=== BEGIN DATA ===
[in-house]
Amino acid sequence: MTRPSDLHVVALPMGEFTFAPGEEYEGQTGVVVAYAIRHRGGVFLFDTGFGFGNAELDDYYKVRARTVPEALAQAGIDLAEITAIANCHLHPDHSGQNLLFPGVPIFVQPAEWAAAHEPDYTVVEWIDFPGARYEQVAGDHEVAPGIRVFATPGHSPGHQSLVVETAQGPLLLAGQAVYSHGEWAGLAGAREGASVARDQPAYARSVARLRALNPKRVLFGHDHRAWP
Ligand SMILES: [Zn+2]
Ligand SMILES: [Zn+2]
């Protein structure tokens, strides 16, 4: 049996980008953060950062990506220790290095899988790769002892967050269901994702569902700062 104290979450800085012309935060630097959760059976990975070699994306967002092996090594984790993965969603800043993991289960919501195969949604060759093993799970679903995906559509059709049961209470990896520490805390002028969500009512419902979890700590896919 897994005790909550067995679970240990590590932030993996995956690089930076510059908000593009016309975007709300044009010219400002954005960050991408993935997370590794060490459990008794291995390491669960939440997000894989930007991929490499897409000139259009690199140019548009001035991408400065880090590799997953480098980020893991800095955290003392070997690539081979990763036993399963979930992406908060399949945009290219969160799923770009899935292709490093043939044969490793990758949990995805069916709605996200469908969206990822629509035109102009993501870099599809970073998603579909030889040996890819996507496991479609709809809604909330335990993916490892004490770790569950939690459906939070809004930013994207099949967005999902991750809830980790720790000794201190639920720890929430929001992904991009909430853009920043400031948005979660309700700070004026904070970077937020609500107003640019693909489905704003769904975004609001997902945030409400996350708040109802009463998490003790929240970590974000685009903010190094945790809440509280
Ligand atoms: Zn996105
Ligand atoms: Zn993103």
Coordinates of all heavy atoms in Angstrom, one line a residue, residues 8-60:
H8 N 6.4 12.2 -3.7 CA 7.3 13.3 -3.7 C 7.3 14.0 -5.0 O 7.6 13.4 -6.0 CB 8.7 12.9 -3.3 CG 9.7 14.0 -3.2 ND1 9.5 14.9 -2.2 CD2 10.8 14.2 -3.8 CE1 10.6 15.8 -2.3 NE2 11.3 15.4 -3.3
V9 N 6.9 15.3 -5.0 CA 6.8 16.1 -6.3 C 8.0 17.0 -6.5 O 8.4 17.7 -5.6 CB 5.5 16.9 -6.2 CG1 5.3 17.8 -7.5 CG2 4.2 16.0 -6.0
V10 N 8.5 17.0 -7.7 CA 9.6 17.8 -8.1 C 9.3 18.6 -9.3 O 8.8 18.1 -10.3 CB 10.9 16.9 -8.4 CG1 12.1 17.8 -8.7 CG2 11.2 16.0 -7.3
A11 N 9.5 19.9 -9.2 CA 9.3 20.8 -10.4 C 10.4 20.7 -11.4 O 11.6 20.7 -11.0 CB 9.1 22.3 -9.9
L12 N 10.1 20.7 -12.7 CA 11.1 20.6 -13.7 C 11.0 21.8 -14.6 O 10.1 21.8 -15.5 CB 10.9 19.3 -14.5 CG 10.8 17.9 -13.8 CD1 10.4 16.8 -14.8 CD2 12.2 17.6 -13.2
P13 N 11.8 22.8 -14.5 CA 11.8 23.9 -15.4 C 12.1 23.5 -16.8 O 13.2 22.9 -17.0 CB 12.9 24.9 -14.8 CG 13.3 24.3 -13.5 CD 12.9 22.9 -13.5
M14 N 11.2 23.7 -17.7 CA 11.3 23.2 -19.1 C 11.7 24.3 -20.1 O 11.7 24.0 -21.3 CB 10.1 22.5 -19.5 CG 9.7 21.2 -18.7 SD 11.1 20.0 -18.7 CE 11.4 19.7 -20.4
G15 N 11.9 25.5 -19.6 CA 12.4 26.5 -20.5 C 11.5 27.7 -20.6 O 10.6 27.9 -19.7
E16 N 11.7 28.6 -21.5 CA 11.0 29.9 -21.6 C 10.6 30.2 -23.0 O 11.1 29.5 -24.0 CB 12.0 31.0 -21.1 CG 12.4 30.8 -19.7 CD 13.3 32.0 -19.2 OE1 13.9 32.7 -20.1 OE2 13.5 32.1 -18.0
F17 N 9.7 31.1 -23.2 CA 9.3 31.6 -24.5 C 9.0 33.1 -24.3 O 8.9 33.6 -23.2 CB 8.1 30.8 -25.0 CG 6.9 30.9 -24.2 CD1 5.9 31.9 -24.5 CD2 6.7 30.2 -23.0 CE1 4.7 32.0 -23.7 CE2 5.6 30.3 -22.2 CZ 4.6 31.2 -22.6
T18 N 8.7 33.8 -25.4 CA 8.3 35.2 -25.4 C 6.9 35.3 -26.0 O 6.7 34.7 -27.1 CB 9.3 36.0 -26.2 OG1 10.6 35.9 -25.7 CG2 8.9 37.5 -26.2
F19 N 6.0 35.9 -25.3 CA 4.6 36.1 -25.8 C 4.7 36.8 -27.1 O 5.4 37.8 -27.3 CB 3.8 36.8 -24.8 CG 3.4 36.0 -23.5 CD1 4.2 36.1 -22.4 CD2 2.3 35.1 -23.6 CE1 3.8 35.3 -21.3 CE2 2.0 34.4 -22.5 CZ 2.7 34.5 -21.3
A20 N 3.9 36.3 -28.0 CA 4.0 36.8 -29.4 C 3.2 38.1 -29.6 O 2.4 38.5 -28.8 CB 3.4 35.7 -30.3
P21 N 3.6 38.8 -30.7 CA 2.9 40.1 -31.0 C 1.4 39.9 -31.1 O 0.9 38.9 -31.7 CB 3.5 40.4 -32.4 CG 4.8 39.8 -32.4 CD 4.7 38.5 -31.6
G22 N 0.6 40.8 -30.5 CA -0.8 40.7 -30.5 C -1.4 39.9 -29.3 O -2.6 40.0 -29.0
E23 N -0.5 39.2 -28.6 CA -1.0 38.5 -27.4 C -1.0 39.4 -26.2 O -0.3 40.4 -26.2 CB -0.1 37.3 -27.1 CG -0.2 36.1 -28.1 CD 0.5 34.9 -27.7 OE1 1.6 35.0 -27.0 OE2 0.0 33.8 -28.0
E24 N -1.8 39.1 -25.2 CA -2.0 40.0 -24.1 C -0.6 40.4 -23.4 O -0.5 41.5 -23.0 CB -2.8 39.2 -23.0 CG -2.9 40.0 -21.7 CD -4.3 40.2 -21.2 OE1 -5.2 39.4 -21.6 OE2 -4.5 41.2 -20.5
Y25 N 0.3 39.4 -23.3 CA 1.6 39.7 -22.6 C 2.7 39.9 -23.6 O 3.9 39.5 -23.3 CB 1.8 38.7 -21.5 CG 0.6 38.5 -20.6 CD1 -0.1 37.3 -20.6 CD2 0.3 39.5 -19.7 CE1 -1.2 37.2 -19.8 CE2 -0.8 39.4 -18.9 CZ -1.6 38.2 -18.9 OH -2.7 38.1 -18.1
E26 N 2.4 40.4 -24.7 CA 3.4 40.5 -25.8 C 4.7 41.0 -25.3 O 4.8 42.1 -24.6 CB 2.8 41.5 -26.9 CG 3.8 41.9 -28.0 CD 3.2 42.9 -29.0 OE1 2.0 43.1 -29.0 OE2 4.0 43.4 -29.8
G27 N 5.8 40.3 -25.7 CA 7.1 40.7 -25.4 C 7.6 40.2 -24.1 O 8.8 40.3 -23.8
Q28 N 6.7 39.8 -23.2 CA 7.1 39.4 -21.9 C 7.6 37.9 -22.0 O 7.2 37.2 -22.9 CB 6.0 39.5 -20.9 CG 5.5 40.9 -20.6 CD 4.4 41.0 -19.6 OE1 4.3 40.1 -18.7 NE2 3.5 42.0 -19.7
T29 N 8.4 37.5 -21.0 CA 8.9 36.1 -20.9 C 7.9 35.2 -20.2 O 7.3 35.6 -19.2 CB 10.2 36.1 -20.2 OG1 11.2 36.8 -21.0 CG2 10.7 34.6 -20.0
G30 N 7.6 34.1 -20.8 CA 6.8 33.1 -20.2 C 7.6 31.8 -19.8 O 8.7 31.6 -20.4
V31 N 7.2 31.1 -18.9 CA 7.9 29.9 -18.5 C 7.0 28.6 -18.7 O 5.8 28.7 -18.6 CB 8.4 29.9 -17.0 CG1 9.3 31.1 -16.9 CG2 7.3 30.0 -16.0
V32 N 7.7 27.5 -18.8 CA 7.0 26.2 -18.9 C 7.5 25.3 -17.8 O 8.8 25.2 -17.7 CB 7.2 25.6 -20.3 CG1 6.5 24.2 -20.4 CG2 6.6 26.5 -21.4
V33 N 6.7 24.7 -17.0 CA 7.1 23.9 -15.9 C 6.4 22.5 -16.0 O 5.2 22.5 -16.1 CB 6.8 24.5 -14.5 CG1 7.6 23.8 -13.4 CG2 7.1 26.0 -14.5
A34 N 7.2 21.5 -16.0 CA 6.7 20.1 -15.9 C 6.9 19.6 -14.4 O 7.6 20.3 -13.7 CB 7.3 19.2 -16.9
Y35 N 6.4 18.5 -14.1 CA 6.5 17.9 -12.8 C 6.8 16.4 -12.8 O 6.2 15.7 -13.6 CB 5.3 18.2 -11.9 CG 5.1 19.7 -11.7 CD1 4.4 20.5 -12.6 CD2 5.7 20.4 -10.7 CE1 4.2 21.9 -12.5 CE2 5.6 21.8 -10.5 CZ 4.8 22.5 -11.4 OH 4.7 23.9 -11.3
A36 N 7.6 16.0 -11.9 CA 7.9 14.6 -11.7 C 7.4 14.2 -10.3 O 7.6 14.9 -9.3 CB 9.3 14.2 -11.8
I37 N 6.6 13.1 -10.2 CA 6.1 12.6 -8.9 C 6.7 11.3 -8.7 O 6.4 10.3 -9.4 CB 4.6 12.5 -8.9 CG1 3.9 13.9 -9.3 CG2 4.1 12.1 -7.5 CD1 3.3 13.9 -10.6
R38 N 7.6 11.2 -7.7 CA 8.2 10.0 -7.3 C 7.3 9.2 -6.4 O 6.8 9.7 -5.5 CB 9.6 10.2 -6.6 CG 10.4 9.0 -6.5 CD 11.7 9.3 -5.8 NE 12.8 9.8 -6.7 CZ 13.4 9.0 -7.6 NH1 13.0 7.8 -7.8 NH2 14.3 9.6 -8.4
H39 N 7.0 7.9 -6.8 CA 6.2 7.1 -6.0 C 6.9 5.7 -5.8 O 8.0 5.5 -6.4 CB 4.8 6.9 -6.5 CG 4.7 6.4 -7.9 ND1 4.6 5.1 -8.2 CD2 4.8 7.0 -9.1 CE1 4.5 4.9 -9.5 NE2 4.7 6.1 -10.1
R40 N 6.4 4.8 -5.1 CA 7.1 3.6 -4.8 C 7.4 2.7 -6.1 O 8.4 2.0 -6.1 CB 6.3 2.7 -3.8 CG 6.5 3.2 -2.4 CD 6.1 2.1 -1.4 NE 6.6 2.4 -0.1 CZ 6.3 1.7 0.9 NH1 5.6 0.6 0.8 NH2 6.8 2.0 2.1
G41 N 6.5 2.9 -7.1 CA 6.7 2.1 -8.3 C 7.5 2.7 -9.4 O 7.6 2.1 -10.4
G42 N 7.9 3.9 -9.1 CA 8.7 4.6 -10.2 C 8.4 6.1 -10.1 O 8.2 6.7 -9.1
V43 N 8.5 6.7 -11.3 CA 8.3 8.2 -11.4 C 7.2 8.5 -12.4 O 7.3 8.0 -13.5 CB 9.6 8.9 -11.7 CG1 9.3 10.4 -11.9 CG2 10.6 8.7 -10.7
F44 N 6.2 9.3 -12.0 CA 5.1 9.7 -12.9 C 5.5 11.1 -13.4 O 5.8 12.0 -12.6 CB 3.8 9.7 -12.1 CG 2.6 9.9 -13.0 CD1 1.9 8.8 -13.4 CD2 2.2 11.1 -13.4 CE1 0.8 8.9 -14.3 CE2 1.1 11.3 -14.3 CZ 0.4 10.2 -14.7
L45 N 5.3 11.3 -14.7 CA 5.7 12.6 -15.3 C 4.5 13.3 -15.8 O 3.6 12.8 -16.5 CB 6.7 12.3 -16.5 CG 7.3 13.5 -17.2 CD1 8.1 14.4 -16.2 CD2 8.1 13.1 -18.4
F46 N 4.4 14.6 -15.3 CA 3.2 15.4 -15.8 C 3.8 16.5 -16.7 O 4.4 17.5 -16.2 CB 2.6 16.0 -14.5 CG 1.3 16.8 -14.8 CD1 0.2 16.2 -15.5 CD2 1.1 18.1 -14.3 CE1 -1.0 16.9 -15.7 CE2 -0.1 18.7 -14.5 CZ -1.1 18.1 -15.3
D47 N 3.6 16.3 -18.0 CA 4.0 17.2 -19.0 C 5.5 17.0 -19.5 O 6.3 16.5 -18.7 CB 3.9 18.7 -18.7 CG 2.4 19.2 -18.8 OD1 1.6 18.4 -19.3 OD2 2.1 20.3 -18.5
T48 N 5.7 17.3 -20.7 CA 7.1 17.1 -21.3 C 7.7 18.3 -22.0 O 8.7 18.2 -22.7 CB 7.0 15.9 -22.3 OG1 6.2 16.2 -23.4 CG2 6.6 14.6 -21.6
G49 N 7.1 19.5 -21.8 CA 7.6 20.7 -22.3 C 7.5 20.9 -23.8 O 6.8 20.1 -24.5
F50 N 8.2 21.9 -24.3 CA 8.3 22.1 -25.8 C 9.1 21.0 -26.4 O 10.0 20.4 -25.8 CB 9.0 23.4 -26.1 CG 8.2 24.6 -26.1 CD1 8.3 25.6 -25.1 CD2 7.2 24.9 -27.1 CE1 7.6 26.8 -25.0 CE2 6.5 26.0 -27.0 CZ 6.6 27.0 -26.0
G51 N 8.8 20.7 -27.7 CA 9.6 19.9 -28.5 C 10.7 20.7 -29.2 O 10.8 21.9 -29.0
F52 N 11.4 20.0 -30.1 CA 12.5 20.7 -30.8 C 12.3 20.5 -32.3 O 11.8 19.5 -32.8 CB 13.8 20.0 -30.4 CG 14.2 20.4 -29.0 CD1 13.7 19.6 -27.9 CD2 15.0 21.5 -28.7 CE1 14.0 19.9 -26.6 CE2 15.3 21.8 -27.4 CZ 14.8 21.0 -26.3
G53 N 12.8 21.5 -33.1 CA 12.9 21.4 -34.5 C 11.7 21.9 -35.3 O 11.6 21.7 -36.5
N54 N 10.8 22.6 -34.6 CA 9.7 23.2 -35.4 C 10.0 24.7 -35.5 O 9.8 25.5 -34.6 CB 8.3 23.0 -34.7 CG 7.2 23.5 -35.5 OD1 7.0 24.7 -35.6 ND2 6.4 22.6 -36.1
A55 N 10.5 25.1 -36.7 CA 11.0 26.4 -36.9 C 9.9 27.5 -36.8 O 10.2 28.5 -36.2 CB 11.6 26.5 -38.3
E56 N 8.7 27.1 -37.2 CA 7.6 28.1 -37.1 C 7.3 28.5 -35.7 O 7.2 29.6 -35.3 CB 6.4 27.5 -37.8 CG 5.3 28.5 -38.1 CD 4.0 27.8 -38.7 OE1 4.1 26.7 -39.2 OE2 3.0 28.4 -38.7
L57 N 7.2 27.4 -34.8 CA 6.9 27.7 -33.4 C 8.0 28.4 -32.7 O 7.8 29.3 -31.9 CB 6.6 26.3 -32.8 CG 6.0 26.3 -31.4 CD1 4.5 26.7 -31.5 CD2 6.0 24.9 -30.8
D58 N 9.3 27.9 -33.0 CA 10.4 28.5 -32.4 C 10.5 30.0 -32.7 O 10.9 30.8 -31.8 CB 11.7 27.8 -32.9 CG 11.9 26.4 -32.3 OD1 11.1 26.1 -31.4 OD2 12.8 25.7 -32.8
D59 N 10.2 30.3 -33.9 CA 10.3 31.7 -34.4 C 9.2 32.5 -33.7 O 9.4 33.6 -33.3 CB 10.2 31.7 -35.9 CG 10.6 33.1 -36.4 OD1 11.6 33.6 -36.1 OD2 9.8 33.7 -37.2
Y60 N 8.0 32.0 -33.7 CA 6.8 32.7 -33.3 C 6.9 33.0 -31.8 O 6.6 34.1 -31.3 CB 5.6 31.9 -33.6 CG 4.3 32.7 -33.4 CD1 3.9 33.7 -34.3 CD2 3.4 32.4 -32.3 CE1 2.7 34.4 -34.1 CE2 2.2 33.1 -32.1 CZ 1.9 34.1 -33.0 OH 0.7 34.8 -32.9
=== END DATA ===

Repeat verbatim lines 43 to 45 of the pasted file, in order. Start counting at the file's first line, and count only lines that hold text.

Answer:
G42 N 7.9 3.9 -9.1 CA 8.7 4.6 -10.2 C 8.4 6.1 -10.1 O 8.2 6.7 -9.1
V43 N 8.5 6.7 -11.3 CA 8.3 8.2 -11.4 C 7.2 8.5 -12.4 O 7.3 8.0 -13.5 CB 9.6 8.9 -11.7 CG1 9.3 10.4 -11.9 CG2 10.6 8.7 -10.7
F44 N 6.2 9.3 -12.0 CA 5.1 9.7 -12.9 C 5.5 11.1 -13.4 O 5.8 12.0 -12.6 CB 3.8 9.7 -12.1 CG 2.6 9.9 -13.0 CD1 1.9 8.8 -13.4 CD2 2.2 11.1 -13.4 CE1 0.8 8.9 -14.3 CE2 1.1 11.3 -14.3 CZ 0.4 10.2 -14.7